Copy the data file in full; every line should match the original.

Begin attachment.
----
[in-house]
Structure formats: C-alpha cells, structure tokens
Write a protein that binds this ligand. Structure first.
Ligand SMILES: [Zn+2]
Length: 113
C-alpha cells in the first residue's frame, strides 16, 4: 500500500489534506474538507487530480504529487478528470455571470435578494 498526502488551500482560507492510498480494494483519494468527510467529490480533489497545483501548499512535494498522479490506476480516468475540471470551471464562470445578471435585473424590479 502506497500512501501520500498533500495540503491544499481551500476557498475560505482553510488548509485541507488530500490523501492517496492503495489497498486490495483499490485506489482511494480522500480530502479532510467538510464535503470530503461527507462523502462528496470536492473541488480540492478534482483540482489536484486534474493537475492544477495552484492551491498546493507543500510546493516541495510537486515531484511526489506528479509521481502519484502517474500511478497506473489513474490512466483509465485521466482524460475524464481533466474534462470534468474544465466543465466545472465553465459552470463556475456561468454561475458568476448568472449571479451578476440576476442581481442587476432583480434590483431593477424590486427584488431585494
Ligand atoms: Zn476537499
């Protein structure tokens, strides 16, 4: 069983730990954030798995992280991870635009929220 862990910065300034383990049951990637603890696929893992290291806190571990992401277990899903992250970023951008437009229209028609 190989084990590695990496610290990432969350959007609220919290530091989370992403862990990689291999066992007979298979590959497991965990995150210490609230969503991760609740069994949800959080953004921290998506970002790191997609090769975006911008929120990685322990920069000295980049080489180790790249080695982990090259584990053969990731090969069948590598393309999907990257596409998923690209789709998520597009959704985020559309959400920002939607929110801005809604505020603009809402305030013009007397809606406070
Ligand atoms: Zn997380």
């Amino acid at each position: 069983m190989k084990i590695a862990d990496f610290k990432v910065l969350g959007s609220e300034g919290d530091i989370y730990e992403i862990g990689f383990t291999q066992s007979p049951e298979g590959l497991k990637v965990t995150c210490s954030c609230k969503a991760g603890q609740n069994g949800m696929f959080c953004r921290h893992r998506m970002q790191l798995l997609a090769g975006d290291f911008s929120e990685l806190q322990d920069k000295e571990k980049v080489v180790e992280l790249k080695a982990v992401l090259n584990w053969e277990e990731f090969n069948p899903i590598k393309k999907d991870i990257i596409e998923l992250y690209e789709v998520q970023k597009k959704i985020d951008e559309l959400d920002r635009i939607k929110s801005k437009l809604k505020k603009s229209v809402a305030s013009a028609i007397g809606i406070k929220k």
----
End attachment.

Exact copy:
[in-house]
Structure formats: C-alpha cells, structure tokens
Write a protein that binds this ligand. Structure first.
Ligand SMILES: [Zn+2]
Length: 113
C-alpha cells in the first residue's frame, strides 16, 4: 500500500489534506474538507487530480504529487478528470455571470435578494 498526502488551500482560507492510498480494494483519494468527510467529490480533489497545483501548499512535494498522479490506476480516468475540471470551471464562470445578471435585473424590479 502506497500512501501520500498533500495540503491544499481551500476557498475560505482553510488548509485541507488530500490523501492517496492503495489497498486490495483499490485506489482511494480522500480530502479532510467538510464535503470530503461527507462523502462528496470536492473541488480540492478534482483540482489536484486534474493537475492544477495552484492551491498546493507543500510546493516541495510537486515531484511526489506528479509521481502519484502517474500511478497506473489513474490512466483509465485521466482524460475524464481533466474534462470534468474544465466543465466545472465553465459552470463556475456561468454561475458568476448568472449571479451578476440576476442581481442587476432583480434590483431593477424590486427584488431585494
Ligand atoms: Zn476537499
């Protein structure tokens, strides 16, 4: 069983730990954030798995992280991870635009929220 862990910065300034383990049951990637603890696929893992290291806190571990992401277990899903992250970023951008437009229209028609 190989084990590695990496610290990432969350959007609220919290530091989370992403862990990689291999066992007979298979590959497991965990995150210490609230969503991760609740069994949800959080953004921290998506970002790191997609090769975006911008929120990685322990920069000295980049080489180790790249080695982990090259584990053969990731090969069948590598393309999907990257596409998923690209789709998520597009959704985020559309959400920002939607929110801005809604505020603009809402305030013009007397809606406070
Ligand atoms: Zn997380």
């Amino acid at each position: 069983m190989k084990i590695a862990d990496f610290k990432v910065l969350g959007s609220e300034g919290d530091i989370y730990e992403i862990g990689f383990t291999q066992s007979p049951e298979g590959l497991k990637v965990t995150c210490s954030c609230k969503a991760g603890q609740n069994g949800m696929f959080c953004r921290h893992r998506m970002q790191l798995l997609a090769g975006d290291f911008s929120e990685l806190q322990d920069k000295e571990k980049v080489v180790e992280l790249k080695a982990v992401l090259n584990w053969e277990e990731f090969n069948p899903i590598k393309k999907d991870i990257i596409e998923l992250y690209e789709v998520q970023k597009k959704i985020d951008e559309l959400d920002r635009i939607k929110s801005k437009l809604k505020k603009s229209v809402a305030s013009a028609i007397g809606i406070k929220k």